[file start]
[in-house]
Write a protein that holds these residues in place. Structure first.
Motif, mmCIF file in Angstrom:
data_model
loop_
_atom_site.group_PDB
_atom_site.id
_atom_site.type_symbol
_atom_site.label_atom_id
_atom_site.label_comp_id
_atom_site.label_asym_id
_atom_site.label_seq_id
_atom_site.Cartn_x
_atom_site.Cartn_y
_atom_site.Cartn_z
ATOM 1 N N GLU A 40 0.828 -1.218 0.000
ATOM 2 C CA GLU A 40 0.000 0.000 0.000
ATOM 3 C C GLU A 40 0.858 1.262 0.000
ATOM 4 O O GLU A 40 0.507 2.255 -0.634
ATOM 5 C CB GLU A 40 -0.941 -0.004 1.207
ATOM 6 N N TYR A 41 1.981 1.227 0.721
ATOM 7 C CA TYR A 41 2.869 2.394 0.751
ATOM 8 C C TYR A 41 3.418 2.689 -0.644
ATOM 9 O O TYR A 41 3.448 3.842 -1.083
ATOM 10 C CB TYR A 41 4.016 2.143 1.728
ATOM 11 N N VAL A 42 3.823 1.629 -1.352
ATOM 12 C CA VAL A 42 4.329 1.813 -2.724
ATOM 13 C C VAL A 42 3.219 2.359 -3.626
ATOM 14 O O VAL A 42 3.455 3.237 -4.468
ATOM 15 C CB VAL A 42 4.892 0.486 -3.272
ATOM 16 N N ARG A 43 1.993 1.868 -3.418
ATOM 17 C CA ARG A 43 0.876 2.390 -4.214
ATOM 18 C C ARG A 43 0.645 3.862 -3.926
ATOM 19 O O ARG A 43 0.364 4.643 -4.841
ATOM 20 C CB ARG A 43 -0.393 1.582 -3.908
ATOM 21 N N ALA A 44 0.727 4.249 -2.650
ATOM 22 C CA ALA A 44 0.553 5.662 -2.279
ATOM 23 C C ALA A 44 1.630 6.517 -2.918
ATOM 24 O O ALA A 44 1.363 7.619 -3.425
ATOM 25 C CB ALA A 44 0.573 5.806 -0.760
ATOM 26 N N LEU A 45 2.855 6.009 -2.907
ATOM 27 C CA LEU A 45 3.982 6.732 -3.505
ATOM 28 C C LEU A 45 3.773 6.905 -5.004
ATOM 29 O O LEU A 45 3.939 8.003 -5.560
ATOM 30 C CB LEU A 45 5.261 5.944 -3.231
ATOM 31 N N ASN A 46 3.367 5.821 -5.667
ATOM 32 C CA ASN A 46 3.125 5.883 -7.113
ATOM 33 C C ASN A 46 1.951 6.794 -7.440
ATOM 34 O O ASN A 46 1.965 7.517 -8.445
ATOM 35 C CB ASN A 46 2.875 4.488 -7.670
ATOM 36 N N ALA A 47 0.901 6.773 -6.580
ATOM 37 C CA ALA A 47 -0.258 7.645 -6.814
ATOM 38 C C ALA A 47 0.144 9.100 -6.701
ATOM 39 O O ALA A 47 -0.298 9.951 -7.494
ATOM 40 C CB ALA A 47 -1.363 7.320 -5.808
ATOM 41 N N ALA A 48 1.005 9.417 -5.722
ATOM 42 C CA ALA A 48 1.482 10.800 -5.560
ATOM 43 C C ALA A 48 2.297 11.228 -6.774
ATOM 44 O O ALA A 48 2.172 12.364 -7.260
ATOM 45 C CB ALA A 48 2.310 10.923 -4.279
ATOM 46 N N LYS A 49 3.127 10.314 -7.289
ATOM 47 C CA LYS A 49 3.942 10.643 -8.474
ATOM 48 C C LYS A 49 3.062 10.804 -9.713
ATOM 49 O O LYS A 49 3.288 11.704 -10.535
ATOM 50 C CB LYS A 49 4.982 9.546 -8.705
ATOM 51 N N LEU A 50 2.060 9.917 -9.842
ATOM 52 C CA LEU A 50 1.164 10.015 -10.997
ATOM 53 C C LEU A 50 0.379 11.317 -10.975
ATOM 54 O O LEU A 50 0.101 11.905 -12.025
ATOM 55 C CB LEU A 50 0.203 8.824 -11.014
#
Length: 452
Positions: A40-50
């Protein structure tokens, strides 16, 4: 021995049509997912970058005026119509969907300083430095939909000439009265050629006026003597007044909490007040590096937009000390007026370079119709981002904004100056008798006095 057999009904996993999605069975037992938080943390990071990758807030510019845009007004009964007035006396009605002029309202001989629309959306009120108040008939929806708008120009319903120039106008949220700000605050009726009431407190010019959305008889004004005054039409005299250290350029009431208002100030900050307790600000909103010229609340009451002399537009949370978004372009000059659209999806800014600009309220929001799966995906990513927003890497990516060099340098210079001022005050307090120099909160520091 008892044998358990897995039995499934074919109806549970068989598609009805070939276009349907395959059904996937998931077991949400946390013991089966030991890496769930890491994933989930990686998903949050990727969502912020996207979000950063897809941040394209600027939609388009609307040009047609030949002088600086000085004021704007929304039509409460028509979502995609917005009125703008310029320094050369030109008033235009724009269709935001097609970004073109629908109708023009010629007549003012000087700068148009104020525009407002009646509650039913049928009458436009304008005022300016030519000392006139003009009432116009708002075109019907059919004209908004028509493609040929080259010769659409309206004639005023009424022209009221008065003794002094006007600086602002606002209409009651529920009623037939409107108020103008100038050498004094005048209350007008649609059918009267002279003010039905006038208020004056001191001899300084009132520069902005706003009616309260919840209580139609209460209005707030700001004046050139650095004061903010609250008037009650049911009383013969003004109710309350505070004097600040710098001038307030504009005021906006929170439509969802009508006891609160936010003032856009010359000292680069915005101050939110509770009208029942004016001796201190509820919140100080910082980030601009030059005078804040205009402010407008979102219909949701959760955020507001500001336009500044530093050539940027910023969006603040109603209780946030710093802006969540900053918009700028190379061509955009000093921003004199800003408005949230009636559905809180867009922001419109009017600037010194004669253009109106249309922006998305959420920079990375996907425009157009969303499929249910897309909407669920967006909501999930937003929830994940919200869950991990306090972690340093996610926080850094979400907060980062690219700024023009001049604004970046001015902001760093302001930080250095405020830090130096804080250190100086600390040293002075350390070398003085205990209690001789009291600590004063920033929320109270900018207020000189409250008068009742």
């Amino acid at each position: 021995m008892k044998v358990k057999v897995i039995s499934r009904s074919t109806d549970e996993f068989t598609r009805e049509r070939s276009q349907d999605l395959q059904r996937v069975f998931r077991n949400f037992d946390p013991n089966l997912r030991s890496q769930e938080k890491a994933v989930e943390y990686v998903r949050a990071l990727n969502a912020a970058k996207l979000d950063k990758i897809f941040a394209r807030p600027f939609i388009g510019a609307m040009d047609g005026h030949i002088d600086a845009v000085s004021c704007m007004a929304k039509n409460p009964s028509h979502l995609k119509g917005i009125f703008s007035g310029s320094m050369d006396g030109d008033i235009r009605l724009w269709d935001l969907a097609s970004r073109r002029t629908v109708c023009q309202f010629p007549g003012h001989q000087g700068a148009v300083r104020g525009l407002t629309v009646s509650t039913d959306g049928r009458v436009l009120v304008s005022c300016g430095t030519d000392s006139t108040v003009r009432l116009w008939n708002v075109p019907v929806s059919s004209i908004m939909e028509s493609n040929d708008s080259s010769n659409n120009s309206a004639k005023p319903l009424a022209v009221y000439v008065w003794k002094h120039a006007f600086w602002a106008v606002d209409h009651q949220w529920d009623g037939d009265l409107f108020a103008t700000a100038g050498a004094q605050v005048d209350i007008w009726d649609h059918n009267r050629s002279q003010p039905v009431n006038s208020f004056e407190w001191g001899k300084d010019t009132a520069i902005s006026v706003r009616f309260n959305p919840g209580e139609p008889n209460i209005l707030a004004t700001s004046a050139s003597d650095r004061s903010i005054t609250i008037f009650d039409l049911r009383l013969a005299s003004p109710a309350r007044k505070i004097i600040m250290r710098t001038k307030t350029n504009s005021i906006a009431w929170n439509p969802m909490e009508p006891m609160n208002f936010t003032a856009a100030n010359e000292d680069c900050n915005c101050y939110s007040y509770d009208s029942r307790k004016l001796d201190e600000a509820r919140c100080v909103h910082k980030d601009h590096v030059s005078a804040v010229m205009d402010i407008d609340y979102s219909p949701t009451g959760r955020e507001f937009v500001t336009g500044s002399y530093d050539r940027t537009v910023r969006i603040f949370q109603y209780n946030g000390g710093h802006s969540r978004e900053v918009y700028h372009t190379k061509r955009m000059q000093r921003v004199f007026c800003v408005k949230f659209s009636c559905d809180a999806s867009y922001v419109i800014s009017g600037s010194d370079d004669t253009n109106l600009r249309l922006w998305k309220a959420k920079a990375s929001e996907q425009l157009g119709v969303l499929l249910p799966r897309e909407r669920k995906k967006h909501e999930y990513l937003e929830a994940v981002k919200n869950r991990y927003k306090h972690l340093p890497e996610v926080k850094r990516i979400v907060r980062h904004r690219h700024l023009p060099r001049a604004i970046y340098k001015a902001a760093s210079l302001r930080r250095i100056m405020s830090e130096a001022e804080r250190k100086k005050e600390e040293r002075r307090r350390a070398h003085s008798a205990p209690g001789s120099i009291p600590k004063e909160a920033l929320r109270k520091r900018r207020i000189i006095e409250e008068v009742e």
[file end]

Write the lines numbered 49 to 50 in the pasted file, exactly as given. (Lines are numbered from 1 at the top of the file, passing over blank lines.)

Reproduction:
ATOM 34 O O ASN A 46 1.965 7.517 -8.445
ATOM 35 C CB ASN A 46 2.875 4.488 -7.670